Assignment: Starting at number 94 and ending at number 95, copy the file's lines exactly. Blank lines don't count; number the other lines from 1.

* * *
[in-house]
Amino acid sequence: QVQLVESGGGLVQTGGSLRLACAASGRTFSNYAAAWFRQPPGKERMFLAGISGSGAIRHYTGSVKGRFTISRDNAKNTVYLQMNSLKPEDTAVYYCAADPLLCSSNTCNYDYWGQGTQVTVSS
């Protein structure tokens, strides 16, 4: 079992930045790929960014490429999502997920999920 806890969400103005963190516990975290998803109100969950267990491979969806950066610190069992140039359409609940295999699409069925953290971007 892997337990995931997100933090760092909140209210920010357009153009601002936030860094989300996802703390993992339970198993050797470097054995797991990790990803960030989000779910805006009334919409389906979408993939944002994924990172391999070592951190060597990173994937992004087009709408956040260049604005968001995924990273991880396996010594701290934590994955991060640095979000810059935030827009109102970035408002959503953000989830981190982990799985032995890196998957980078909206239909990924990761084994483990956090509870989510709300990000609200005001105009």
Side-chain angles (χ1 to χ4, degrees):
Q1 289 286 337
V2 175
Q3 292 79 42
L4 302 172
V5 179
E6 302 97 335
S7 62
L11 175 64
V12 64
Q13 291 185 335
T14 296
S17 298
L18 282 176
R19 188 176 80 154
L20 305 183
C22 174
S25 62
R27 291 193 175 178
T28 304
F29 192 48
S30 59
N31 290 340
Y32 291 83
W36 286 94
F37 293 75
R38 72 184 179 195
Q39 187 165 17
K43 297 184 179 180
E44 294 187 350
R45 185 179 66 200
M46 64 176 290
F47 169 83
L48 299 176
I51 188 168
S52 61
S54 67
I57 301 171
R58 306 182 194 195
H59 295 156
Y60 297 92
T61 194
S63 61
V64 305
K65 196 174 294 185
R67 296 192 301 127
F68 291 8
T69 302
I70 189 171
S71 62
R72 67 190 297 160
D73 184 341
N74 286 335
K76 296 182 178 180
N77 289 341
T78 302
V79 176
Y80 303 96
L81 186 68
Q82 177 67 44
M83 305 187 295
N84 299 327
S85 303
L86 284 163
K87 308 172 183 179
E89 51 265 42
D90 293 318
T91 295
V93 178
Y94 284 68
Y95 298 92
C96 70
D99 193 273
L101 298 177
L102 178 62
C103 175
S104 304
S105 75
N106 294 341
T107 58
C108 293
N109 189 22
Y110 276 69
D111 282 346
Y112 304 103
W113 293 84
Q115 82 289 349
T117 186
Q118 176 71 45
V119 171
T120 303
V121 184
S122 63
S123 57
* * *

T120 303
V121 184